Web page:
Oh, no. Hours later, all the worms were grasping to the sides of the container, having left their beds behind in search of... something. Several had crawled into little nooks in the top of the container, and had to be coaxed free with take-out chopsticks. Back in, as I'd read that sometimes they don't adjust well to their new homes right away. After the same thing happened again a few hours later, I did some research and found that I should have soaked my peat moss first to remove the acidity and that my worms were probably crawling out because the environment was too acidic. However, they should be able to adjust given time, so I made an extra few inches of their usual cardboard and newspaper bedding on top of the moss mixture and put them in there. 

That seemed to solve the problem. I spent a nervous week or two digging through the pile every few days to be sure somebody was still moving in there and I was not now the proud owner of a pet box of garbage. But all is well in Wormopolis, and I've even seen a little wriggly baby or two (which makes me very happy but is still a bit icky). I'm still considering getting more worms, because right now they are more like pets than efficient waste-disposal / compost-production machines. But I'm kind of riding high on the fact that I've managed to keep them alive, and maybe it will be fun watching my colony grow.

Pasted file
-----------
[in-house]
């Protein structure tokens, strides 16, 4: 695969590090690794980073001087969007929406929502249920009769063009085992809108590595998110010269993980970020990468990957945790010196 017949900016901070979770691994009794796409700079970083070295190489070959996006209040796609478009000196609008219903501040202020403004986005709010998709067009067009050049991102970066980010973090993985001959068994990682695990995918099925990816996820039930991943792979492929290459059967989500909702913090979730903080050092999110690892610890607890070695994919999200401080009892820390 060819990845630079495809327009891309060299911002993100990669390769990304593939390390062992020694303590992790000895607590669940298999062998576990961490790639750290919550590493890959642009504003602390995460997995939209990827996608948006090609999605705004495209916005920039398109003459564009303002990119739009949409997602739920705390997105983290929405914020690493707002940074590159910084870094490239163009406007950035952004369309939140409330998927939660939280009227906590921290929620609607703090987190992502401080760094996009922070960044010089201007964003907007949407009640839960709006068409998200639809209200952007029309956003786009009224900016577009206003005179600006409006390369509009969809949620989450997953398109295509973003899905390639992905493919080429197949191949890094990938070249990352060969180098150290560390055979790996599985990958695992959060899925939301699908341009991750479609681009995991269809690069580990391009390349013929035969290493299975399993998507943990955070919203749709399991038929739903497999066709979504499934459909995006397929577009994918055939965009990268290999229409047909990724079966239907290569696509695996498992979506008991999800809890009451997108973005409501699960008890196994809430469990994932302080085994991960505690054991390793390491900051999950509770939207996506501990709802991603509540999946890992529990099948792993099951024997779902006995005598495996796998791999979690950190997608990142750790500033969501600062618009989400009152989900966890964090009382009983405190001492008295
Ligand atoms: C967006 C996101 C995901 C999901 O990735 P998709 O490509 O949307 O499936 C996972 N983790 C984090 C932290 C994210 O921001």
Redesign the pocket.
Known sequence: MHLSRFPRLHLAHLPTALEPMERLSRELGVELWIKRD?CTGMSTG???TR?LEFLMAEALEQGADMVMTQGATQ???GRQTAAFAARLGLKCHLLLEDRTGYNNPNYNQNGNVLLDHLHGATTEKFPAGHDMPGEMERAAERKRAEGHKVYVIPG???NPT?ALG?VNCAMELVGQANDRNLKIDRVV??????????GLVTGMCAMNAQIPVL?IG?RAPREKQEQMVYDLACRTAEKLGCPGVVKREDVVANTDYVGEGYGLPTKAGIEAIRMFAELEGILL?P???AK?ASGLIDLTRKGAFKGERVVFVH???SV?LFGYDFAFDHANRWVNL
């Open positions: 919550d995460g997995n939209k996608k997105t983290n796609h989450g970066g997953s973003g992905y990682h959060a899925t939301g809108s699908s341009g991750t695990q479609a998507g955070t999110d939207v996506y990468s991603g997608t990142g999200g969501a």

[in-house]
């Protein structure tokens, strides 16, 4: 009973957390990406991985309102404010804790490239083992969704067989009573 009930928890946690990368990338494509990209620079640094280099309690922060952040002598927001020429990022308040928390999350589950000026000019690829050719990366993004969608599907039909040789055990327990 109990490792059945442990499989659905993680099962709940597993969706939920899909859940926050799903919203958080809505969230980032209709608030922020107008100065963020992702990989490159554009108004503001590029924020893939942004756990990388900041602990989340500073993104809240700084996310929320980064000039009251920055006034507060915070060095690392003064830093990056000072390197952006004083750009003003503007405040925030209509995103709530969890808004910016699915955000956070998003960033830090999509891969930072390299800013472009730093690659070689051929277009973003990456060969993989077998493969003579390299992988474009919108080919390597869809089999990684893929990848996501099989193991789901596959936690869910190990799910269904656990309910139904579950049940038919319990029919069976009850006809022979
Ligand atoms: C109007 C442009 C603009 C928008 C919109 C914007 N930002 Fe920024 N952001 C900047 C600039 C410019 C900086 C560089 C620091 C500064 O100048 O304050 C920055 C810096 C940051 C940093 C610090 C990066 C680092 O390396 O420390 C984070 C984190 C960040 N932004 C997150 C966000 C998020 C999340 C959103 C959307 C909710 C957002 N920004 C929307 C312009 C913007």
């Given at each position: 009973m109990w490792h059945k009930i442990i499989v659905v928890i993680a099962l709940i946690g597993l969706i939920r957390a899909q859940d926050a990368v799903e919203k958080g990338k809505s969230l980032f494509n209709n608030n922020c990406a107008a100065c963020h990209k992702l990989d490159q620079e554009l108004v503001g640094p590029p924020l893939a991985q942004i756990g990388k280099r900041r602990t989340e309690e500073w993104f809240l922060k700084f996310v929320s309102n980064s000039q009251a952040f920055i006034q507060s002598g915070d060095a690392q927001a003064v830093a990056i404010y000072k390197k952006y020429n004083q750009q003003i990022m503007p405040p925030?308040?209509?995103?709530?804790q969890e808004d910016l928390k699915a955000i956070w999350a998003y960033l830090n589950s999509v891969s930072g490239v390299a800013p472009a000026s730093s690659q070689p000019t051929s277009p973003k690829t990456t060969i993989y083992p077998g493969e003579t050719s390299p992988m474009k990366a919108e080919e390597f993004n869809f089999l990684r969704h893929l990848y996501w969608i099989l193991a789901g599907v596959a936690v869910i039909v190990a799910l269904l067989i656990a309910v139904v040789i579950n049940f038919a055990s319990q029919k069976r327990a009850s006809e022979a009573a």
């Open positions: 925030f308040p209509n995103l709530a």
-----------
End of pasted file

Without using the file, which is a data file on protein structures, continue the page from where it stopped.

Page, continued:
They're in there, I swear.

Sunday, March 6, 2011

Ode to the Temescal Farmer's Market